The House’s decade of democracy partnerships

Greg Nash

The United States was built on the idea of citizen-centered government, a concept enshrined by the founders in the Declaration of Independence. These visionary figures were resolute that for a citizen-centered democracy to flourish, it must have a strong, representative legislature. In fact, Article One of the Constitution, the very first issue addressed by the framers, did not focus on the presidency or the courts, but instead created the Congress.

{mosads}Nearly 228 years since the Constitution was adopted, representative and accountable legislatures remain as important as ever for new and emerging democracies alike. As presidents of the International Republican Institute (IRI) and National Democratic Institute (NDI), our organizations have worked for three decades to conduct programs around the world to strengthen parliaments, political parties, civil society and electoral processes.

This week, we commemorate the 10-year anniversary of a hallmark legislative strengthening program, the House Democracy Partnership (HDP). Since its inception in 2005 (under its original name, the House Democracy Assistance Commission), HDP has been an effective consortium led by the House of Representatives, funded through the United States Agency for International Development (USAID) and implemented in partnership with our institutes. Understanding that democracy is a constant process in need of peer support, the House of Representatives created HDP with the mandate to build legislative capacity of select parliaments around the world to govern with more accountability and transparency, provide oversight, and be more responsive to citizen needs.

Under the leadership of HDP Co-Chairs Peter Roskam (R-Ill.) and David Price (D-N.C.), and former Co-Chair David Dreier (R-Calif.), HDP has directly trained 675 members of parliament and staff from 17 countries. These efforts consist of in-bound sessions in the United States where members of Congress; professional staff from congressional committees; the Congressional Research Service, Congressional Budget Office, and Government Accountability Office; and other experts share best practices with visiting parliamentary delegates on the nuts and bolts of legislating. HDP also sends congressional delegations to participating legislatures to provide on-site mentorship.

HDP’s results over the past decade have been measurable, but nowhere more prominent than in Mongolia, where HDP has been a key supporter to its parliament, the State Great Hural. Situated between China and Russia, Mongolia is a key ally to the United States. Its transition from a single-party communist state to a multiparty democracy serves as a powerful example to democratic actors in the region and around the world. HDP has worked closely with the State Great Hural on committee strengthening, developing and enforcing an ethics code, conducting legislative oversight, and engaging in constituent relations. Due in large part to HDP’s assistance, the State Great Hural recently passed legislation that directs government entities and officials to conduct public hearings and include citizen input in government management and policymaking.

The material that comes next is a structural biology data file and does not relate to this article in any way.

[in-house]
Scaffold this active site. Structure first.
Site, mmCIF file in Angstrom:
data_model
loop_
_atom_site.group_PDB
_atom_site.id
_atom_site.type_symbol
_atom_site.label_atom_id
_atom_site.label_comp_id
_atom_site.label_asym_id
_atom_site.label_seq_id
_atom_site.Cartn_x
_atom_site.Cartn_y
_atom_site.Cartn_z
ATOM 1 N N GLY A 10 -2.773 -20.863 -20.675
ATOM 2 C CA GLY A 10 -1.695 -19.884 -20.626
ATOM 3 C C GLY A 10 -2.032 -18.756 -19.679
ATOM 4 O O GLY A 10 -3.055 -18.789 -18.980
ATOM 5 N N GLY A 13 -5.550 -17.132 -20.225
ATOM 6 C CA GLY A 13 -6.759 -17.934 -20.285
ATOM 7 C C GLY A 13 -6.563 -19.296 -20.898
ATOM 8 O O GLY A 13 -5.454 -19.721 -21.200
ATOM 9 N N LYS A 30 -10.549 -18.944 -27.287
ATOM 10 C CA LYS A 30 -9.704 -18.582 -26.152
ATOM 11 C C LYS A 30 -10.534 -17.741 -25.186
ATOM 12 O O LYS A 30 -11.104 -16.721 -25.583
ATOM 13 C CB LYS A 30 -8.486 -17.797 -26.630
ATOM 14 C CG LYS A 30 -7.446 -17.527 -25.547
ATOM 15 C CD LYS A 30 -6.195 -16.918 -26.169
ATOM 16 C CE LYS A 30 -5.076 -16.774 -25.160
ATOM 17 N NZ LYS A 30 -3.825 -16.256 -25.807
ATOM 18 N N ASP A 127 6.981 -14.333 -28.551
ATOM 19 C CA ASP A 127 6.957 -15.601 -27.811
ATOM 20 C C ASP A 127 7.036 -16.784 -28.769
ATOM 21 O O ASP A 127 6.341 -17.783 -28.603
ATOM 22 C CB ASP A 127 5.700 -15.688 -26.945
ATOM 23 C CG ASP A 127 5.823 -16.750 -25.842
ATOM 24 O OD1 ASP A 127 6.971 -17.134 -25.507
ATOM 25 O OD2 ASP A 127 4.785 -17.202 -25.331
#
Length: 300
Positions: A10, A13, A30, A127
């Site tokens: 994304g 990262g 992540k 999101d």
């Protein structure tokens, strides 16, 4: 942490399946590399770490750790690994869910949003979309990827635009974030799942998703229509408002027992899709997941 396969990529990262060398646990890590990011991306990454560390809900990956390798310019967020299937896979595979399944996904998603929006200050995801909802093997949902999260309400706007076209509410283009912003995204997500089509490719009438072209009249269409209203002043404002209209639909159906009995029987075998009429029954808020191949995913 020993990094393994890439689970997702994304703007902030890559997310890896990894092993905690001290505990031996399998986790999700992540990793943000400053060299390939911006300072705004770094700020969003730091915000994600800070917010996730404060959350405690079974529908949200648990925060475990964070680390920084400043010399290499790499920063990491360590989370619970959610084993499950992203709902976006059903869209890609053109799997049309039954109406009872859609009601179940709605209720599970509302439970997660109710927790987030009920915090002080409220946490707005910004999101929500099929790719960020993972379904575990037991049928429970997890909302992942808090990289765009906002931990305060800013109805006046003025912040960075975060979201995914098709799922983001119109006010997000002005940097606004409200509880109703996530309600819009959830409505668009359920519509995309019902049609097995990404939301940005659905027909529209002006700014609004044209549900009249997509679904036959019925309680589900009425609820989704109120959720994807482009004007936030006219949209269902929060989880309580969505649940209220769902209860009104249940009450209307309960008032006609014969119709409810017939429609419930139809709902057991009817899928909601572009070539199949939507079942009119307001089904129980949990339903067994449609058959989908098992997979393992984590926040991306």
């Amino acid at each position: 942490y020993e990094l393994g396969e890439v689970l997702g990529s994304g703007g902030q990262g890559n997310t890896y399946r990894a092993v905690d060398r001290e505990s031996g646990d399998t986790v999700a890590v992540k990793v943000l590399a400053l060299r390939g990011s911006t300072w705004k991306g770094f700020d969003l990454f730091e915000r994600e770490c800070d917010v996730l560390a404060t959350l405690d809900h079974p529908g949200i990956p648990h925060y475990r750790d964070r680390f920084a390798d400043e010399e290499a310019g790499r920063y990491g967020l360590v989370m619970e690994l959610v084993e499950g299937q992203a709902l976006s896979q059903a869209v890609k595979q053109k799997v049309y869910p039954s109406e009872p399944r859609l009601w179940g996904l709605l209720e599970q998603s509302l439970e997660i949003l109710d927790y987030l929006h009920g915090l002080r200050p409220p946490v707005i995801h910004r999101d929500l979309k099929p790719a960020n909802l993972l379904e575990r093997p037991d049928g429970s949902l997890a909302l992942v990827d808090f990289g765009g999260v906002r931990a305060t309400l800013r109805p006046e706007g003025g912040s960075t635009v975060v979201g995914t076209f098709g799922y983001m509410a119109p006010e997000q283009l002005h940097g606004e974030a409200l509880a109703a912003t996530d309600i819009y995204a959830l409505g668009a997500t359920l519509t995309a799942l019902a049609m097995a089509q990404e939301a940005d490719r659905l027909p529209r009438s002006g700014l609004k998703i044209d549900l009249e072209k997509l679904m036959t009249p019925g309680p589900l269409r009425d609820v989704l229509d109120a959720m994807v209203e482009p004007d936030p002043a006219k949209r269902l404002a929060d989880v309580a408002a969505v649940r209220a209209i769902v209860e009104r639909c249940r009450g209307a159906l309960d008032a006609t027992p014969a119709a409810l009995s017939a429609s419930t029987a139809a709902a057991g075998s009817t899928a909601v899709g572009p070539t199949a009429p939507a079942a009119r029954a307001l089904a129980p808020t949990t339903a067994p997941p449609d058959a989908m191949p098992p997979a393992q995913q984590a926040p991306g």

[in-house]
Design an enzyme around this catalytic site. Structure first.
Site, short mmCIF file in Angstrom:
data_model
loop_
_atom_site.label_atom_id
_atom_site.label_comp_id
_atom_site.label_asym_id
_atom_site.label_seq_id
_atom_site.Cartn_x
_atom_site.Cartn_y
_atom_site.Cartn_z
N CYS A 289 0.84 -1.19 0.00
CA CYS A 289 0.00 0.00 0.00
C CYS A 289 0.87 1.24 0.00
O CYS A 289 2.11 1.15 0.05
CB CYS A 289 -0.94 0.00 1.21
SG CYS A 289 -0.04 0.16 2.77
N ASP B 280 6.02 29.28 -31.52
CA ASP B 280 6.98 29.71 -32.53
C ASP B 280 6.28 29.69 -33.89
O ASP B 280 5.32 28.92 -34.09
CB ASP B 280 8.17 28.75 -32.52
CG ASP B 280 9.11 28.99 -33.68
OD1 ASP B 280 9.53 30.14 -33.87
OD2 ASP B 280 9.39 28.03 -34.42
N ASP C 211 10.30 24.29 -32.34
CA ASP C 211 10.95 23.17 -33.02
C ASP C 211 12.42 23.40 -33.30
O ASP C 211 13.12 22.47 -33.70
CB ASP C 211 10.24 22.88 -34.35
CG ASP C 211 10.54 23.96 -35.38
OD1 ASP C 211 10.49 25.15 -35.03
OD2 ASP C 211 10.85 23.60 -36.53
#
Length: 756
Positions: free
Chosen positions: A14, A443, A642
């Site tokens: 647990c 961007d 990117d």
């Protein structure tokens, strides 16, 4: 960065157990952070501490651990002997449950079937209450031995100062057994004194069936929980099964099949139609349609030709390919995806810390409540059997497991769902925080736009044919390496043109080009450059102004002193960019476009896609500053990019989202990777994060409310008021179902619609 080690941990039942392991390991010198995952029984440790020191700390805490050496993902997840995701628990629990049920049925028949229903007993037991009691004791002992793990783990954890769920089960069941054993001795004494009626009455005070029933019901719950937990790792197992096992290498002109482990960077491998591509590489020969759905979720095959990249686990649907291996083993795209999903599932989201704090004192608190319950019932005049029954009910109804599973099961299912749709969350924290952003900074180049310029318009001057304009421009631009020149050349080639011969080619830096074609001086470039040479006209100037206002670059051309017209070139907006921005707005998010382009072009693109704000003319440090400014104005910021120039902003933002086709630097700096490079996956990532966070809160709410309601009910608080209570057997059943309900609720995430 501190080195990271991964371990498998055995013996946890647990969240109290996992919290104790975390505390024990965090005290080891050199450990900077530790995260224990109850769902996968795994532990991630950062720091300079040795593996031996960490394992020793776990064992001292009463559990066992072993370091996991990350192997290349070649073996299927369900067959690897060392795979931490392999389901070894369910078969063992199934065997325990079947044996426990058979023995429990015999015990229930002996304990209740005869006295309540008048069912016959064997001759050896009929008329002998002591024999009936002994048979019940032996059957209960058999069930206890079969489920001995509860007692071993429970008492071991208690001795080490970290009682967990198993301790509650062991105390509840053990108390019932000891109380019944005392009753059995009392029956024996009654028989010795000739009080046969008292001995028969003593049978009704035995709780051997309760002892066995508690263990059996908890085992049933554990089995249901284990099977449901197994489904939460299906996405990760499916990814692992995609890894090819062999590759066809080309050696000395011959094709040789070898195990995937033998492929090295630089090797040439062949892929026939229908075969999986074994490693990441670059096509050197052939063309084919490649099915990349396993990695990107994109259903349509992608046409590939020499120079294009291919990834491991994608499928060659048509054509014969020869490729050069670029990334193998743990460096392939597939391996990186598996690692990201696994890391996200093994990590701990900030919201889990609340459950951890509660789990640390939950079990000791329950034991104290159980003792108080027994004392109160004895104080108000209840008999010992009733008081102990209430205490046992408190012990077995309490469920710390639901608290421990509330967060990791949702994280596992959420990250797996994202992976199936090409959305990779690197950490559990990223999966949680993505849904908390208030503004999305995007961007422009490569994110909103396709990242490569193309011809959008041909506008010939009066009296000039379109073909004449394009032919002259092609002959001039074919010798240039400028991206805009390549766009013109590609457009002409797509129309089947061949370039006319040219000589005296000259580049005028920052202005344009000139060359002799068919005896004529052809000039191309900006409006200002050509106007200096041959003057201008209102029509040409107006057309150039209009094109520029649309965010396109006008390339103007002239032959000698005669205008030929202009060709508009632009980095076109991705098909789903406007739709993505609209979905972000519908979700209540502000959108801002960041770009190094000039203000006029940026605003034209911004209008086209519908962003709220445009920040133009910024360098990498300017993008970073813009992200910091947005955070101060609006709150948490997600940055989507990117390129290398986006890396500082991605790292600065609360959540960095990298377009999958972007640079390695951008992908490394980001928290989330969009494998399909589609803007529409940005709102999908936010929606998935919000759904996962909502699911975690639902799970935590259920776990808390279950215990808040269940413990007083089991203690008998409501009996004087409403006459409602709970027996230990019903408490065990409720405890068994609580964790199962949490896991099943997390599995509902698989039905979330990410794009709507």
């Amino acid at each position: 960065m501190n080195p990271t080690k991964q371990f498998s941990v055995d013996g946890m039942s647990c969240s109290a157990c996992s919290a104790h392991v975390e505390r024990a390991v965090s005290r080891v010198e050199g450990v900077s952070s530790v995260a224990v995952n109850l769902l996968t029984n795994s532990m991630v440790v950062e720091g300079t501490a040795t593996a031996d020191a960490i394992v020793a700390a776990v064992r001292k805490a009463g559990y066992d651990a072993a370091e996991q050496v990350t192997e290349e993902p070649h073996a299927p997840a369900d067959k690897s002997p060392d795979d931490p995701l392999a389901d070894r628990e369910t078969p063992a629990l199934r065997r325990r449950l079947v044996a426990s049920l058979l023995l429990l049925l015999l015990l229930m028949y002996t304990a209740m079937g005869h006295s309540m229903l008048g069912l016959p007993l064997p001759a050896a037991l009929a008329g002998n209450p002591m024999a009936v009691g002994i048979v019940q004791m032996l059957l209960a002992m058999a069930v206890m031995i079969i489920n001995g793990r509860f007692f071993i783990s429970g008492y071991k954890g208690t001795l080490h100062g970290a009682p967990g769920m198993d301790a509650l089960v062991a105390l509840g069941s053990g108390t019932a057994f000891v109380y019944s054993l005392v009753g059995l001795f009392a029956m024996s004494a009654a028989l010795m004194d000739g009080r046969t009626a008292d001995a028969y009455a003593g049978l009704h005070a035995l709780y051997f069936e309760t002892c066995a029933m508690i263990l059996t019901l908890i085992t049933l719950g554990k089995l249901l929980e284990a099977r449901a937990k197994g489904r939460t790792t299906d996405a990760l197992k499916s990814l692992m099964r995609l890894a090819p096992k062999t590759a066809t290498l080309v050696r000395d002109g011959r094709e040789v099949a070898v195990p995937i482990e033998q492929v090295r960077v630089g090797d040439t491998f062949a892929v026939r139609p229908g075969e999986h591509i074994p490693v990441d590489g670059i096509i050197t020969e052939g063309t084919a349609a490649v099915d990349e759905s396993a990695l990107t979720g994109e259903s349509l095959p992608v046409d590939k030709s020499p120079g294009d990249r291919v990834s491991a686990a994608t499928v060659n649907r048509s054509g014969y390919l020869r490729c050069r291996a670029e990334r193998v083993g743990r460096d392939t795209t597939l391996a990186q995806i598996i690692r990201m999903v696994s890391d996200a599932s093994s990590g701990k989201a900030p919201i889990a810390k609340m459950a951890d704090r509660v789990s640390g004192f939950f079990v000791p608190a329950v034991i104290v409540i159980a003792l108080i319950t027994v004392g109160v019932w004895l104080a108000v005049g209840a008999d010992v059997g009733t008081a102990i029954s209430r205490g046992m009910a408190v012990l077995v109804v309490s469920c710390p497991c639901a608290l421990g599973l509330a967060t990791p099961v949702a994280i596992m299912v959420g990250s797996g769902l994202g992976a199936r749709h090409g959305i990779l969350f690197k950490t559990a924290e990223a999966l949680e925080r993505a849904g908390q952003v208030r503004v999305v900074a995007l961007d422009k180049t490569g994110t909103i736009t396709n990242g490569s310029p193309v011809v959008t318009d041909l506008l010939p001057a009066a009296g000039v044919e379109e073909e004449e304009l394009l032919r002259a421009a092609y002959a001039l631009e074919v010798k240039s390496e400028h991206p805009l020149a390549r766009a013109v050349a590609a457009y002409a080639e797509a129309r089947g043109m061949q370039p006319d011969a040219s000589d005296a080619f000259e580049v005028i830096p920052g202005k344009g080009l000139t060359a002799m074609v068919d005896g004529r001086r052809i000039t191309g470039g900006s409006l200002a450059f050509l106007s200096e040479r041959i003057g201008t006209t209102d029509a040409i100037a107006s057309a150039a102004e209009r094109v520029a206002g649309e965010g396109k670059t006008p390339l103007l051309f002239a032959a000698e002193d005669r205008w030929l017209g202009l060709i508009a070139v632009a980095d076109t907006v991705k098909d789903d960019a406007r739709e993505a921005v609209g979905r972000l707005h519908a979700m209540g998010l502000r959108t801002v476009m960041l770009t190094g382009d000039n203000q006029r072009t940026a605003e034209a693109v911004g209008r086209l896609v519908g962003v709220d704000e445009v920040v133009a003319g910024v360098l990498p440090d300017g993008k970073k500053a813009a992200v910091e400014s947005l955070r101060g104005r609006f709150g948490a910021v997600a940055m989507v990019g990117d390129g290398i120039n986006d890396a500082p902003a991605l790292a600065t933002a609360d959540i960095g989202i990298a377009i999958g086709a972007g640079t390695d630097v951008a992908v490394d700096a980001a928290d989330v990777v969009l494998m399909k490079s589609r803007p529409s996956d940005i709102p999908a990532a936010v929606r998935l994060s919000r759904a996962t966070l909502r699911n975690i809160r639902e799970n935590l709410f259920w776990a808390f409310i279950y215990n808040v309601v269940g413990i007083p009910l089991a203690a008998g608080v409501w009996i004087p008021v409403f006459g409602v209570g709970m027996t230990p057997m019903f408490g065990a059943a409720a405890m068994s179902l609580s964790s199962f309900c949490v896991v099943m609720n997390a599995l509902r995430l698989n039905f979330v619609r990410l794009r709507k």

Similar HDP success stories can be found across the globe. In Timor-Leste, a new country struggling with post-transition development challenges, HDP assisted with the creation of independent and sustaining legislative institutions. In Peru, HDP improved its legislature’s research and analysis services and increased the use of information technology to enhance inter-governmental and constituent communications. Under the constant threat of Russian expansion, Kyrgyzstan has partnered with HDP to improve its democratic governance by upgrading its legislative budget analysis. An HDP alumnus now chairs the Kyrgyz legislature’s Committee on Budget and Finance. HDP partners in the Georgian parliament have been recognized globally for their efforts to improve legislative transparency in cooperation with civil society.

In a period when the world is experiencing turbulent times, HDP’s activities contribute to a more democratic and safer world by empowering leaders with tools to promote democratic governance, the rule of law, and the important role of civil society. HDP develops tailored approaches — based on each country’s rich history, culture and customs — that are guided by the universal and indivisible core values of human rights and fundamental freedoms.

We live in a time when partisanship has colored most aspects of political life in the United States. HDP demonstrates that our nation’s core belief in democracy, and our conviction that democracies support other countries with democratic aspirations, continues to unite both parties. HDP deserves our continued support for helping countries build a better democratic future for their citizens, and for exemplifying the values that unite us all — Republicans and Democrats — as Americans. We congratulate HDP on its 10-year anniversary, and are committed to working with Co-chairs Roskam and Price, the HDP members, and USAID to ensure that HDP’s next decade will continue to advance thriving, citizen-centered legislatures around the world.

Green is president of the International Republican Institute. Wollack is president of the National Democratic Institute.

Tags David Dreier David Price HDP House Democracy Partnership International Republican Institute IRI Kyrgyzstan Mongolia National Democratic Institute NDI Peter Roskam Timor-Leste

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